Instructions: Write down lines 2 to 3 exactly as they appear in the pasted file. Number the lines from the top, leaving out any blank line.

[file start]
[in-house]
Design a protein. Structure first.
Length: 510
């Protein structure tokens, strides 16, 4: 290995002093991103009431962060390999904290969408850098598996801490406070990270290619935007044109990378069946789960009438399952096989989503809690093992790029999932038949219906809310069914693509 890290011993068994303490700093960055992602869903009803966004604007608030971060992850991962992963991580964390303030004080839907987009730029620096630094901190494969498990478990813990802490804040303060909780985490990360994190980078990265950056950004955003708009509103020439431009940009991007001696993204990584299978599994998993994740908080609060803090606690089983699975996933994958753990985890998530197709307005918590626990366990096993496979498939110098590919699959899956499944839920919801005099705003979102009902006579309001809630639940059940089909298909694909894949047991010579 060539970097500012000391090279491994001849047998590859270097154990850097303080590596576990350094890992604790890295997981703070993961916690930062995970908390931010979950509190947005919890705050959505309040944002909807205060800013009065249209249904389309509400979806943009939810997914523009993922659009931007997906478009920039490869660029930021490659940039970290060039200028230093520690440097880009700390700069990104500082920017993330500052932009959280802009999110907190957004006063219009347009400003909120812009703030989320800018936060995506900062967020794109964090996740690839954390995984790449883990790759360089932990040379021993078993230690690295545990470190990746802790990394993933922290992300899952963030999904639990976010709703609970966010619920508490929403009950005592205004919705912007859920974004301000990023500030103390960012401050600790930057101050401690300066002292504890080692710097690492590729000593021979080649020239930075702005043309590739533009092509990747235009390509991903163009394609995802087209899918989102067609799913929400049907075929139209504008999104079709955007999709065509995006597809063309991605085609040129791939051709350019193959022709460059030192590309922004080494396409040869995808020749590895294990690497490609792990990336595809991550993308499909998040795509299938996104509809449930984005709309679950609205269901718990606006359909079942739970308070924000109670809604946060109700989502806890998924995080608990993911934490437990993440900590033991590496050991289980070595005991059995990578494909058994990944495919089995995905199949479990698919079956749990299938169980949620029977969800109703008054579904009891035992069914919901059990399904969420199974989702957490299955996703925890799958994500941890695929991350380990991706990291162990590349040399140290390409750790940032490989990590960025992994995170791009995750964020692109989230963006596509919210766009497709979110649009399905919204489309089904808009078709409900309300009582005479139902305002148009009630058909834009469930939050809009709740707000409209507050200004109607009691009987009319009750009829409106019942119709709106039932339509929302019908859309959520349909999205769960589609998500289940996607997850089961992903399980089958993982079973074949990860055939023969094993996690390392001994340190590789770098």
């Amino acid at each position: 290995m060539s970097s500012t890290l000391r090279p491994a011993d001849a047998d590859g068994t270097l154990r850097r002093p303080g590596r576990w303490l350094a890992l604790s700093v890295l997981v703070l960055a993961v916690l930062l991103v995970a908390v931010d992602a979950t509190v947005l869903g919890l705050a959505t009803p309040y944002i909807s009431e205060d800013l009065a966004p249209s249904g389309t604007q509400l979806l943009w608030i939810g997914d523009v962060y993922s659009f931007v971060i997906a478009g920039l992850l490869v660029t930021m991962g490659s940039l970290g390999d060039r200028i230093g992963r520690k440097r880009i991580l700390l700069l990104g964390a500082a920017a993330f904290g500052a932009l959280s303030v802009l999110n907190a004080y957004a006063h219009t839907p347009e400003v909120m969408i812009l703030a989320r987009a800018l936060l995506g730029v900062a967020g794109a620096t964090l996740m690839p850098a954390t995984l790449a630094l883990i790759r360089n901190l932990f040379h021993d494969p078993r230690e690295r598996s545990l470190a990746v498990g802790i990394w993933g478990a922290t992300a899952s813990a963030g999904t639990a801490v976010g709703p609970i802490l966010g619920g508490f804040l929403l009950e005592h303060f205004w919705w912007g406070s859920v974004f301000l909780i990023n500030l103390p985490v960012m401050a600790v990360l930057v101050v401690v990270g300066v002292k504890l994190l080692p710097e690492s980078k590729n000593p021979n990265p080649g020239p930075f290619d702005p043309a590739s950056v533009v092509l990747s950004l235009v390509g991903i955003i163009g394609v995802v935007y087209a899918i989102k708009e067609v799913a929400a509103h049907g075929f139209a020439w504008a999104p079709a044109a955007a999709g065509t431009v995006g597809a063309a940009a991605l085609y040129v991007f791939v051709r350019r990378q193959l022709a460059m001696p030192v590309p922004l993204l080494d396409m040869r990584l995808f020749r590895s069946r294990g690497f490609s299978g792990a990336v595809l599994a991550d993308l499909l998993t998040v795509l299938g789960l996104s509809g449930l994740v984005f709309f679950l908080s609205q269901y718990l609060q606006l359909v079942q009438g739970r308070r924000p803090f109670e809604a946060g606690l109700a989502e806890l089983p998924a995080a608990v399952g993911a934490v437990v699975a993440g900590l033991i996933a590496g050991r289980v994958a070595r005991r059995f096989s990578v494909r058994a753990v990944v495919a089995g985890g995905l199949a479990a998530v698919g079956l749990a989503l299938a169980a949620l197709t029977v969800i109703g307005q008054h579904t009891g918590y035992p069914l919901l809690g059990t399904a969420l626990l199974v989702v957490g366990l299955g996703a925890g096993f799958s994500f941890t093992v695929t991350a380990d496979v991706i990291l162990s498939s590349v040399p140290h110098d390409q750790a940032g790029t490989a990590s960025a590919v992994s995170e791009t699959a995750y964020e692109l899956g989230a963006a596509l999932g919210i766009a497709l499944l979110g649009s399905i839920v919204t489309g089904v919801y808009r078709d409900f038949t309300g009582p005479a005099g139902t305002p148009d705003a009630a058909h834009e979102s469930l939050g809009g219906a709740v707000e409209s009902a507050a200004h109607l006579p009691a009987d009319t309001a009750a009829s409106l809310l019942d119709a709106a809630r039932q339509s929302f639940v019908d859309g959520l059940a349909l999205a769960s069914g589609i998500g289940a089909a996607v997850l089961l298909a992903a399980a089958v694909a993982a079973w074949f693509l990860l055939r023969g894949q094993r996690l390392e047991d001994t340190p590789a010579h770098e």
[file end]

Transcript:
Design a protein. Structure first.
Length: 510